Sunday, June 12, 2011

Two worlds collide in the alleys of Washington DC

eb was 11 when he began working seriously in his father’s stable. He was a large boy for his age and because his mother had been “poorly” for the last few years and they needed more money to hold the family together, his dad had forcefully encouraged him to leave school to work with him. It was 1912. The stable and livery business had been slowing down ever since the “horseless carriage” had appeared on the streets of Washington about 10 years ago. Horses were reliable but required great care. These new machines were unreliable and also required great care. Jeb’s dad could not see any possible future for this recent “fad” of unreliable machines which were terrifying horses and pedestrians alike. Some were even electric (38% of the car market in 1900) like President Taft’s new car – a Baker electric. Jeb disagreed. 

Jeb was a smart kid and knew he had to figure out how to make a living for more than just a few years while his mother was ill. He believed in this new “fad”.

At the end of each day after the last horse had been stabled for the night, Jeb would ask his father for permission to visit the stable in the middle of the alley where they were beginning to work on horseless carriages. His father did not exactly approve of this but knowing that his willful son would go anyway and knowing the passion and curiosity that were growing within Jeb, he reluctantly gave his blessing.

The former stable Jeb visited as a child now called itself a garage. Gone were the smells of manure, replaced by the smells of gasoline, oil and grease. The second story hayloft no longer held hay. Instead there were rows of shelves of new replacement automobile parts – leaf springs, rubber tires, spoke wheels, axles, drive shafts and a number of  “odds” bin for smaller parts. The air was vibrant and Jeb was immediately captivated. How could you not be excited by this new world? It was so very different from his previous experience in his dad’s stable. The endless conversations were about what was coming next and whether this “new age” would last. In a way, nobody cared, for there was so much work at hand keeping these machines running. Most automobiles at the time actually required a chauffeur who was also a mechanic because driving and keeping them running was well beyond the capacity of the average owner. By contrast horses and carriages were so much simpler.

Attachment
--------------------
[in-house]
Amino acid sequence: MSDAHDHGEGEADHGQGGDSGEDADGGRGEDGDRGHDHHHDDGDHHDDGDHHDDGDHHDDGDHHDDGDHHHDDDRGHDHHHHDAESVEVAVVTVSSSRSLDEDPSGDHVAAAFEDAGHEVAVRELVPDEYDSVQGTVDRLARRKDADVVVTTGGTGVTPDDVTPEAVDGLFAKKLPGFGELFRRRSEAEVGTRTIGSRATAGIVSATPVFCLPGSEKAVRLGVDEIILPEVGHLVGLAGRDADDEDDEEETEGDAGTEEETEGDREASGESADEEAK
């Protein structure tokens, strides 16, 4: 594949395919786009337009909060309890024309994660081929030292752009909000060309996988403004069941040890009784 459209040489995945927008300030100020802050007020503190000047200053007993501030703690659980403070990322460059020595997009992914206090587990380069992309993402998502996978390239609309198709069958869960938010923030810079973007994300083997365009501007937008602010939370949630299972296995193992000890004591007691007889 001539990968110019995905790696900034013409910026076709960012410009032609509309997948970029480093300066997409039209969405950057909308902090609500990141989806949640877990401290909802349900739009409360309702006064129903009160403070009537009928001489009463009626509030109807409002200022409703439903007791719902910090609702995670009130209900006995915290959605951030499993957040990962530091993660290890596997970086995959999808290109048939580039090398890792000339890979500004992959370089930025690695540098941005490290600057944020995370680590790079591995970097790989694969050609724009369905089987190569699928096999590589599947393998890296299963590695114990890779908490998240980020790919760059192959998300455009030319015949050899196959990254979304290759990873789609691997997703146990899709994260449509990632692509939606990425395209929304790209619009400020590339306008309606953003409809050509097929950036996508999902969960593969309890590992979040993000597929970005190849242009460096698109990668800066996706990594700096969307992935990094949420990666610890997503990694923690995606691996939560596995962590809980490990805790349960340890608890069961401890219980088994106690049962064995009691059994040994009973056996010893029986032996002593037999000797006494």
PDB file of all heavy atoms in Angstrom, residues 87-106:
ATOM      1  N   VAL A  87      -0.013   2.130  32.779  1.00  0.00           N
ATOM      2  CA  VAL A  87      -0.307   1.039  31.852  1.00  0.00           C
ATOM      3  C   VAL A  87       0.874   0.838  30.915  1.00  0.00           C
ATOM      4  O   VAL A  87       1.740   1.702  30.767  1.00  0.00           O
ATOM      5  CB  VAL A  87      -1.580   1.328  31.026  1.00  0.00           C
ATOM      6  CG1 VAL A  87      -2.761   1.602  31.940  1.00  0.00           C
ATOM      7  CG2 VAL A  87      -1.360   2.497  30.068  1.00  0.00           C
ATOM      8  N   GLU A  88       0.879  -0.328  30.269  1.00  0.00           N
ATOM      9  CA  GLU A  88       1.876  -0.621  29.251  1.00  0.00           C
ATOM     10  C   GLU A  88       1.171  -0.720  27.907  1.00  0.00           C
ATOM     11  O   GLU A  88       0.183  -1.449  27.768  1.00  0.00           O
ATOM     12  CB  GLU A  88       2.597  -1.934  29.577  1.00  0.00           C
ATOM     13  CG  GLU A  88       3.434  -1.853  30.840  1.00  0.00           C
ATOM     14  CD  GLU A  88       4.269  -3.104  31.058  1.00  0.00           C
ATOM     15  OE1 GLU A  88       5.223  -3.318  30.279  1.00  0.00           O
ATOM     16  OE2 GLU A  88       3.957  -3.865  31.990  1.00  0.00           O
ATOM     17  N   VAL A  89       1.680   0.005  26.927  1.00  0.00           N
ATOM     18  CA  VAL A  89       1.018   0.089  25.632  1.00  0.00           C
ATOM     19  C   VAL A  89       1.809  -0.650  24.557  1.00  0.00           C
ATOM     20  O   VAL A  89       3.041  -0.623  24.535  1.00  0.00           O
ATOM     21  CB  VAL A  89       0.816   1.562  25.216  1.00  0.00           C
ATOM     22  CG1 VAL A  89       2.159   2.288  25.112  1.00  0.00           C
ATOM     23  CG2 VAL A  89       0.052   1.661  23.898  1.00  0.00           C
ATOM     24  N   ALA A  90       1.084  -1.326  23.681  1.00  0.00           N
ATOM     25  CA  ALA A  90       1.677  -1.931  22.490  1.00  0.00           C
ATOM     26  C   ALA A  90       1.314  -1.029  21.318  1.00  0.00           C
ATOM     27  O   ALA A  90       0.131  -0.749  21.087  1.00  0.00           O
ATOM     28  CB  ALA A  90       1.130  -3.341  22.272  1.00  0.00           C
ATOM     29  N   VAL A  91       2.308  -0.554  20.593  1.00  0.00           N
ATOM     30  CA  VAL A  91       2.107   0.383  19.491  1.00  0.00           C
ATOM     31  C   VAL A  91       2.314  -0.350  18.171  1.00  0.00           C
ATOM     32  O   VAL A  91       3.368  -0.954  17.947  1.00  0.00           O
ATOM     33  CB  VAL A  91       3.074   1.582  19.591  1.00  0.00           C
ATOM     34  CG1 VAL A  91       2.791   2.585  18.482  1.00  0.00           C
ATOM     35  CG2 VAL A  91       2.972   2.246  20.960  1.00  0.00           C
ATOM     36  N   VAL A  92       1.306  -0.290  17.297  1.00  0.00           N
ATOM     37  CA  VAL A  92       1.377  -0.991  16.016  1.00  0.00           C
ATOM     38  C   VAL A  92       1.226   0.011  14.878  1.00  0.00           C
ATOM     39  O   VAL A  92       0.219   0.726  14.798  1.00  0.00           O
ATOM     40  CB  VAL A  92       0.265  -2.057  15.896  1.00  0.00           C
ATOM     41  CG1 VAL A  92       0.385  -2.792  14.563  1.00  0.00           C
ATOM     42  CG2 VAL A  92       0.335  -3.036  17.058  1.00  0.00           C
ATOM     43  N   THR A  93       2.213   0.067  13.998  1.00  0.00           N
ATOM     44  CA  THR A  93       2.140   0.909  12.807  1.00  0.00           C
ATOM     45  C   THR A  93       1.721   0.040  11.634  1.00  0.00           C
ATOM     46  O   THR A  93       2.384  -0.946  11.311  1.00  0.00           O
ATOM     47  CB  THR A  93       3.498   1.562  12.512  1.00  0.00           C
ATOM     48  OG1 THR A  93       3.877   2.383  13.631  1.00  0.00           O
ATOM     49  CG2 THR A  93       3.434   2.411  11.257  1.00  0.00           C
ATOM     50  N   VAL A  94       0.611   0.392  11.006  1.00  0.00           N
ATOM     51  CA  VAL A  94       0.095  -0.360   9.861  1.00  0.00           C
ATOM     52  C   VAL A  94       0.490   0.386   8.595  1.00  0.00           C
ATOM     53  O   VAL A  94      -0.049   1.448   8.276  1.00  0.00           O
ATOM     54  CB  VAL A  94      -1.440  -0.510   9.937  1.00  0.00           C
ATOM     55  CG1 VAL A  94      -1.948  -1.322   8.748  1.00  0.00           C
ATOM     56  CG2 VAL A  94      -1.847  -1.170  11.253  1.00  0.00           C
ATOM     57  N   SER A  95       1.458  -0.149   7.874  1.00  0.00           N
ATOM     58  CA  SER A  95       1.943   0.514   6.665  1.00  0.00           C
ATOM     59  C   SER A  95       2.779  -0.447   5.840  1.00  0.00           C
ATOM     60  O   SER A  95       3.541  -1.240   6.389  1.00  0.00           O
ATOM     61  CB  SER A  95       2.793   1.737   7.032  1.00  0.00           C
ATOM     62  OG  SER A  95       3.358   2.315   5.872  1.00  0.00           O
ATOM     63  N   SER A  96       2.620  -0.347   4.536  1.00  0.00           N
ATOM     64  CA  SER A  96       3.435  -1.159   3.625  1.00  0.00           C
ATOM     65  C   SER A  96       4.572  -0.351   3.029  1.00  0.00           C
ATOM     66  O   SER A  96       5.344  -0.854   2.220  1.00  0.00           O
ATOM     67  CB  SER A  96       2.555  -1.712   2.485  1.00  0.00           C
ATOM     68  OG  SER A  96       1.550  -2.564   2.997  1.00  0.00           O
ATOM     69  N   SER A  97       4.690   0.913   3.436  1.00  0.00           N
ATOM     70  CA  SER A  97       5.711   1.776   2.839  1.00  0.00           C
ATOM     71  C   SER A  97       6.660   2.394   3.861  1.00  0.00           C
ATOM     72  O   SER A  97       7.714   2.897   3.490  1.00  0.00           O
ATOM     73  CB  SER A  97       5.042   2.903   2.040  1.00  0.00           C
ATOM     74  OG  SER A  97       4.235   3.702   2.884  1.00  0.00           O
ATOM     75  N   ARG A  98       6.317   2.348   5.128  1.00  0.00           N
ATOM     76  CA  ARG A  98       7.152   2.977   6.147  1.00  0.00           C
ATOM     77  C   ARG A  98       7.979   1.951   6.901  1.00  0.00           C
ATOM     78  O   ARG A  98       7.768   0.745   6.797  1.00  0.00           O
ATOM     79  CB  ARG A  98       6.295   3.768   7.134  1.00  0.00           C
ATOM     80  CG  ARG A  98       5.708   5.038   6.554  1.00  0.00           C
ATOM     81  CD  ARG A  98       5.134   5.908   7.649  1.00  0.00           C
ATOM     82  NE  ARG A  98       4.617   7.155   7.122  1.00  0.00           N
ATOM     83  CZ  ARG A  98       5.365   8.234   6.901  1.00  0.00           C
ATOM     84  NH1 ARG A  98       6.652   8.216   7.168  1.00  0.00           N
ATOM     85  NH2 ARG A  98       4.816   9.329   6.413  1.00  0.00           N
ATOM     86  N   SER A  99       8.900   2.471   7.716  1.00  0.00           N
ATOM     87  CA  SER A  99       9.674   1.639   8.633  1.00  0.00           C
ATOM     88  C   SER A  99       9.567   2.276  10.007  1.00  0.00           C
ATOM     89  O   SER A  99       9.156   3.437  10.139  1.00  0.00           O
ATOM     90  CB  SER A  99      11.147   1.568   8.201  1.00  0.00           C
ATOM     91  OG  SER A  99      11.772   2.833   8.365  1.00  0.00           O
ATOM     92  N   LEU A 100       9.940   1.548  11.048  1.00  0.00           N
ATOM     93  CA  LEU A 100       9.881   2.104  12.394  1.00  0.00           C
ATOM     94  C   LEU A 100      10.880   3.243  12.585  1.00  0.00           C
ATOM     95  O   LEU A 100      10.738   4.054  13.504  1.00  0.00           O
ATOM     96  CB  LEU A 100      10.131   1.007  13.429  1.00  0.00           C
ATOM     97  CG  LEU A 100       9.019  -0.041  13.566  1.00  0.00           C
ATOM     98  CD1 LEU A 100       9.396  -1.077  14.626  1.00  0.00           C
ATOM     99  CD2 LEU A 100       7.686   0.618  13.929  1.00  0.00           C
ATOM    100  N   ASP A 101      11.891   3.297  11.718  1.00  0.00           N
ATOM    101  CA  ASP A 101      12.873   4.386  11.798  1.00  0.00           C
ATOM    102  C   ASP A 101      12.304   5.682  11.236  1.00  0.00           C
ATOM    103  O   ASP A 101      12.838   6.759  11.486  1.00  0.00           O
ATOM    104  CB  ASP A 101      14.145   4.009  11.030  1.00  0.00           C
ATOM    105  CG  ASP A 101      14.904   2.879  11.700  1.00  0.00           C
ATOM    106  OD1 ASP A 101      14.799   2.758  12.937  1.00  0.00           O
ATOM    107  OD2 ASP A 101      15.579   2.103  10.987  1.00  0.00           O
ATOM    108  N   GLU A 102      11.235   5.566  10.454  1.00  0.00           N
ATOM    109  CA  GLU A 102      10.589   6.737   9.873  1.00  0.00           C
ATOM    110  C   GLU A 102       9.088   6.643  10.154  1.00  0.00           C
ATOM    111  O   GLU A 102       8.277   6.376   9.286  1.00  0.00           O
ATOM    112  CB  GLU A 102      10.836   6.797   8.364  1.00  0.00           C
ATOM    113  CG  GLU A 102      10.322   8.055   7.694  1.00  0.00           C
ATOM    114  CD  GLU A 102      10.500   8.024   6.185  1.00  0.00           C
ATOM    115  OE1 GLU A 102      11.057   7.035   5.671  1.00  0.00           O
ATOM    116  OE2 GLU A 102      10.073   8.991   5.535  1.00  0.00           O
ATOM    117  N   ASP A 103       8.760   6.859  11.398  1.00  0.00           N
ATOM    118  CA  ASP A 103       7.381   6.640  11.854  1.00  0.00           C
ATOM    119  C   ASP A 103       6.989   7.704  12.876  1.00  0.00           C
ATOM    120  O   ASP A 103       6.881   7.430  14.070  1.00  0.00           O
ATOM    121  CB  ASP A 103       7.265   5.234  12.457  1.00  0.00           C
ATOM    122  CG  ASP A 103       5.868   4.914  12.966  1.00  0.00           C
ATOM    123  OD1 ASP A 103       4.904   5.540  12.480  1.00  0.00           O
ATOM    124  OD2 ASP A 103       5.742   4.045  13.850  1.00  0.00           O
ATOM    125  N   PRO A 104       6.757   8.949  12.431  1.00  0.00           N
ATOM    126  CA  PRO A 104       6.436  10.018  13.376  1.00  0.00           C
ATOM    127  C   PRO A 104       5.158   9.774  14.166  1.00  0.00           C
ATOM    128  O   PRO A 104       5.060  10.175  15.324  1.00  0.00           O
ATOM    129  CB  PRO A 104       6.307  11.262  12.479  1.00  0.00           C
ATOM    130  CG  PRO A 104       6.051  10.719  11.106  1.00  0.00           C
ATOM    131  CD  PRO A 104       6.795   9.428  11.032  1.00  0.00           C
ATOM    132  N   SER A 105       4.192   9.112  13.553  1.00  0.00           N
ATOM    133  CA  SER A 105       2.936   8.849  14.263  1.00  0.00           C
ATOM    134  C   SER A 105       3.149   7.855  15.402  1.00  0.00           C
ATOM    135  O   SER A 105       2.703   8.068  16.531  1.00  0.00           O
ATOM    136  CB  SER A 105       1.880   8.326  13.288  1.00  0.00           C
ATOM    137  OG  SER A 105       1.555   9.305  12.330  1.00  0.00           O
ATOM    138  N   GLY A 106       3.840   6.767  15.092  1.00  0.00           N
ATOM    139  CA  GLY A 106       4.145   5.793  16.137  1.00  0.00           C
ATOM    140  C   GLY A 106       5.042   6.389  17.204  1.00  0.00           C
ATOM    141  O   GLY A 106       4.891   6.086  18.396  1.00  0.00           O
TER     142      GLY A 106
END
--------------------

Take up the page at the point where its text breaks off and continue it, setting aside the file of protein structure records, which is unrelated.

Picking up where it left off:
Model T Ford central leaf spring
Yet, there were enough similarities between the old and the new stable worlds that Jeb fit well in both. Fro example, the leaf springs of these new vehicles were almost identical to the leaf springs from carriages and replacing or repairing them was the same for each. The wheels and front axles were very similar. Everyone was learning “on the job” and sharing new information as each previously unrecognized problem was approached.

While Jeb’s dad remained skeptical about this new era, he was proud of his son who was growing in so many ways. Eventually Jeb began to work full time at the new garage and his younger brother took his place in his dad’s stable.  There was always a spring in Jeb’s step over the years when he walked a couple of miles to work at 14th and L Street each day. The alley was alive with clatter of hooves and the backfires of ill tuned cars. It was an uneasy mix of colliding transportation and service worlds. 

(Notice the hayloft doors above the Ford sign and the bollard at the original carriage entrance. 
The open windows are venting fumes. reference - 

By 1926, the automobile was clearly winning the transportation war. Essentially no new stables had been built in DC after 1910 and gasoline stations began appearing on corners throughout the city. Jeb was now 25 years old. He had missed action in WW-I because of his age but was grateful to have a job when so many did not. While his faith in the new “fad” had paid off handsomely he was saddened that his parents had not lived to see his success. He was now the manager of a highly profitable service garage that sold and serviced Ford Lincolns, Fordson tractors and Ford trucks. His neighboring garage serviced Nash, Overland and Willys-Knight cars. There were nearly a 100 different automobile manufacturers now. Who knew where it would ultimately end?

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